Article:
Papers across the world this morning are announcing the death of 83-year-old surgeon Sherwin B. Nuland, perhaps most well-known for his National Book Award-winning “How We Die: Reflections on Life’s Final Chapter.”
On a personal note, Sherwin Nuland was known affectionately as Shep by my family. He and my father were young roommates – physicians-in-training in London in the late 1950s.
Last spring, my father and I had the chance to see Shep in New Haven, CT, where he was still very active at the Yale School of Medicine. He was everything that all of the obituaries say about him today – thoughtful, intellectual, capable, dignified, humble, a mensch. Time passed quickly, and a few days later, we exchanged messages by email.
Having learned of my “Year to Live” project, he wrote that, in thinking about mortality, “I seem always to get back to the same thing, which is that the prime elements in happiness are to have found one’s work and to have loved.”
Noting that my email signature is a quote by Grace Paley, “The only recognizable feature of hope is action,” he offered me words that spoke to him by Leon Wieseltier, an editor of The New Republic:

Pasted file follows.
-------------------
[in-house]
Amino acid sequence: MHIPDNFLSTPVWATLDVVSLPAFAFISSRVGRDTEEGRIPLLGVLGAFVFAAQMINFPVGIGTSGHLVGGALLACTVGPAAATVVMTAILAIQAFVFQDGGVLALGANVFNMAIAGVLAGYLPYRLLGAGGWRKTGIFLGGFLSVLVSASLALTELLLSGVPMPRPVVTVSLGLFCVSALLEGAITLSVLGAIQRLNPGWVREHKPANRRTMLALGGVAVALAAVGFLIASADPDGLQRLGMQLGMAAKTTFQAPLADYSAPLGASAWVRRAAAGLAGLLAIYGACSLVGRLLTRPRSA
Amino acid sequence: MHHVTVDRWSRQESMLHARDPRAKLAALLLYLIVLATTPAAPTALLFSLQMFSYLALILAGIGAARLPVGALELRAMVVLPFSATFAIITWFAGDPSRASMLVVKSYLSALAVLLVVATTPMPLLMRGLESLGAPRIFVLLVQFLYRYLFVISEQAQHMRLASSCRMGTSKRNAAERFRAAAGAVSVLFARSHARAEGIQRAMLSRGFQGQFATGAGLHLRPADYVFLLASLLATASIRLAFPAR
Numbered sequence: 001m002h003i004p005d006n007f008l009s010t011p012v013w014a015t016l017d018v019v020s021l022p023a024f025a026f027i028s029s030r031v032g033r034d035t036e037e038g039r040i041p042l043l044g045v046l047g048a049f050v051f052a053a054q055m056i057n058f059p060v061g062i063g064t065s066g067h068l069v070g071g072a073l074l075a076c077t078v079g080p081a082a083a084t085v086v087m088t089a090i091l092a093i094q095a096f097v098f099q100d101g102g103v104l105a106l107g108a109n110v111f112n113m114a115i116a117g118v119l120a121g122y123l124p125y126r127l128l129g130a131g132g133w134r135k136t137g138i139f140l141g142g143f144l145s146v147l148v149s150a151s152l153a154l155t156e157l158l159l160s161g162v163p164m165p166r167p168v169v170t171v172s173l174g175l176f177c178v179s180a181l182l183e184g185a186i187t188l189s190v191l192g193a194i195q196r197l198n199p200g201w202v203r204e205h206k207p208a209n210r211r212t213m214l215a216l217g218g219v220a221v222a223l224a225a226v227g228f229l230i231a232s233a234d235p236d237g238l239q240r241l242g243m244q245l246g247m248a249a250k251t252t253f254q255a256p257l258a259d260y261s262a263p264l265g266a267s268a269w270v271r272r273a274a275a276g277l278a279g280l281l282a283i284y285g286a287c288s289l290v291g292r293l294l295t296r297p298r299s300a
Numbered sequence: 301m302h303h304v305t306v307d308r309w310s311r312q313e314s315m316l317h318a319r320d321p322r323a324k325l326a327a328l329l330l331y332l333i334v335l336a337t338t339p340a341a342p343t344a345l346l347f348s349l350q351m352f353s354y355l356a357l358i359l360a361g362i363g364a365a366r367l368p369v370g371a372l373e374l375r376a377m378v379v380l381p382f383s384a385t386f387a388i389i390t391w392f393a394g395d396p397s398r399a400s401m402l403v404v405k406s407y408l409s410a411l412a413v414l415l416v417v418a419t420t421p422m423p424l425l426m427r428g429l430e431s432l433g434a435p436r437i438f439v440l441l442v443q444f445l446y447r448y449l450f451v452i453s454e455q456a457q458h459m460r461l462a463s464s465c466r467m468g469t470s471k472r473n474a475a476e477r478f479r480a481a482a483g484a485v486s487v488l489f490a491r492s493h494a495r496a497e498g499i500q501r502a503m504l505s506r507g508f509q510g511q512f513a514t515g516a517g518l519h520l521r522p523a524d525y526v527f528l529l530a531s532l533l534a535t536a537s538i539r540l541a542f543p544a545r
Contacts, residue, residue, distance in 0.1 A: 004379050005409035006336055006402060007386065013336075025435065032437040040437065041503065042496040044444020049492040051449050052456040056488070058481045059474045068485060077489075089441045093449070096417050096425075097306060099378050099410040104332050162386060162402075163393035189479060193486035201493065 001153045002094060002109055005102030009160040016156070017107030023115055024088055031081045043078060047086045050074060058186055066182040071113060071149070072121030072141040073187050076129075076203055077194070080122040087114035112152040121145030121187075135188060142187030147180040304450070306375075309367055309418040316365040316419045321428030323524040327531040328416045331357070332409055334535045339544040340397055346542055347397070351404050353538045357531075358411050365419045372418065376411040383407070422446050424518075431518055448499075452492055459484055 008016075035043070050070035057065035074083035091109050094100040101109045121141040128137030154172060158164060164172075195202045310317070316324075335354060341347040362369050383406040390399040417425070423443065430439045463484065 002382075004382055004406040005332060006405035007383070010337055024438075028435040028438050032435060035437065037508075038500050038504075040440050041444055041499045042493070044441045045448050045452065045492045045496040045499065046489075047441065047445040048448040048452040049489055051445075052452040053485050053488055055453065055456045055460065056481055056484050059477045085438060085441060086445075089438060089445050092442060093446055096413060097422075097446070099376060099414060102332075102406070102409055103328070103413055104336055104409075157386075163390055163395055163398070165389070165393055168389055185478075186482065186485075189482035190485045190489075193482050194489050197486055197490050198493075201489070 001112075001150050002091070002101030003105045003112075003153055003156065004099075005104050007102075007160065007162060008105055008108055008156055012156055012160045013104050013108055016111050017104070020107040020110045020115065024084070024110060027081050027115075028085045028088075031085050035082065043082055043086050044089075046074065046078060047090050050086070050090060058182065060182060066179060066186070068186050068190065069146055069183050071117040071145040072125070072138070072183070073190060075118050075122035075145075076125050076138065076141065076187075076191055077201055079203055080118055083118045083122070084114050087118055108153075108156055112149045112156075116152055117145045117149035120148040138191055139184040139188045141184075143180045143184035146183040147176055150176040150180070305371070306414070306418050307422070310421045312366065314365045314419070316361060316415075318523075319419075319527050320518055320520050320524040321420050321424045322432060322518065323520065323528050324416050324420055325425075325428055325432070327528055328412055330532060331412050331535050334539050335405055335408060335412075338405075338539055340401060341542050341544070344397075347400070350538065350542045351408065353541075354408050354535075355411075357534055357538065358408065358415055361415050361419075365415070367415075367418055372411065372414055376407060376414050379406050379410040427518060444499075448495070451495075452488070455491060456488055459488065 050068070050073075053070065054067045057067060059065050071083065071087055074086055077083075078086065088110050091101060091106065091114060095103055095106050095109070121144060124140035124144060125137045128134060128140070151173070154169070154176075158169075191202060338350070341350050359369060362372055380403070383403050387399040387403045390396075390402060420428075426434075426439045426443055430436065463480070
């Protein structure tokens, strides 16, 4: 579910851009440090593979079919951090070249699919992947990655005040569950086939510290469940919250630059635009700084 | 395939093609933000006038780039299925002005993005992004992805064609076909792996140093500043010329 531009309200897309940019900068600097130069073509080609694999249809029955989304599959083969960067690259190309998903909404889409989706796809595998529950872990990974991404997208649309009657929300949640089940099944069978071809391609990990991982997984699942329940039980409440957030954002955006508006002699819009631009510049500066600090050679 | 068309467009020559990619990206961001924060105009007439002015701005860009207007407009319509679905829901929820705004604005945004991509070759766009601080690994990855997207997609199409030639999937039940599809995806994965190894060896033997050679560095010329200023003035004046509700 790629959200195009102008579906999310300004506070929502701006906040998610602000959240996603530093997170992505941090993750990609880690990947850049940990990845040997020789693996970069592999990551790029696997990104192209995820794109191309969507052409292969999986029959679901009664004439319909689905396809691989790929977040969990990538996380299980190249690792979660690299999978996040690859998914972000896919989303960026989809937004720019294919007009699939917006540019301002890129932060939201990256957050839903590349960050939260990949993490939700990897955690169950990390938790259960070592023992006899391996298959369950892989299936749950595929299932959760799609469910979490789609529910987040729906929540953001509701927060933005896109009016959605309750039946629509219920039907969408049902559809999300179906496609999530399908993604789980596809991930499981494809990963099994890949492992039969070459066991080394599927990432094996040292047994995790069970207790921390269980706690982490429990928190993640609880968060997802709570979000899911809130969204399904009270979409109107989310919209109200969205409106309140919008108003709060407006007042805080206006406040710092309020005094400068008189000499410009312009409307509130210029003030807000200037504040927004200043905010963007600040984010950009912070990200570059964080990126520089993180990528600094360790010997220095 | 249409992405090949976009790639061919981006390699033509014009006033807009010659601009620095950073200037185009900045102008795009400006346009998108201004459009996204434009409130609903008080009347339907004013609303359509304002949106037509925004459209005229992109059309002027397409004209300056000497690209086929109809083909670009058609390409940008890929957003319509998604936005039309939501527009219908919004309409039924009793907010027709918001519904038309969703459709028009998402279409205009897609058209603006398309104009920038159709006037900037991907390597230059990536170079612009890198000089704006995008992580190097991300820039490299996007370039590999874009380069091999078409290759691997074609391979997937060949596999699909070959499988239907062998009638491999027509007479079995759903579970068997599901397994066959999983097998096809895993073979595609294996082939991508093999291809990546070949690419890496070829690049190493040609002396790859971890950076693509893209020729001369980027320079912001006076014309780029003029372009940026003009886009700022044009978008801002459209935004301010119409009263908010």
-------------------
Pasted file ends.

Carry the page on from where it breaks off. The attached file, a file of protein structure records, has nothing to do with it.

“Epiphanies, our secular mysticism, are barren freaks of experience unless they are made to serve as beginnings, and raptures are succeeded by chores.”
Shep lived by that sentiment, whether it was in caring for his patients, demythologizing the process of dying, being honest about his struggles with severe depression, or simply letting those he met feel that they were his traveling companions on an epic journey to uncover the true meaning of Hope.
I leave you today with a passage on that very hope from “How We Die”…
“When my time comes, I will seek hope in the knowledge that insofar as possible I will not be allowed to suffer or be subjected to needless attempts to maintain life;
I will seek it in the certainty that I will not be abandoned to die alone;
I am seeking it now, in the way I try to live my life, so that those who value what I am will have profited by my time on earth and be left with comforting recollections of what we have meant to one another.”
All of my family’s very best wishes to Shep’s loved ones, and as the Jewish blessing he cherished goes, “May his memory be for a blessing.”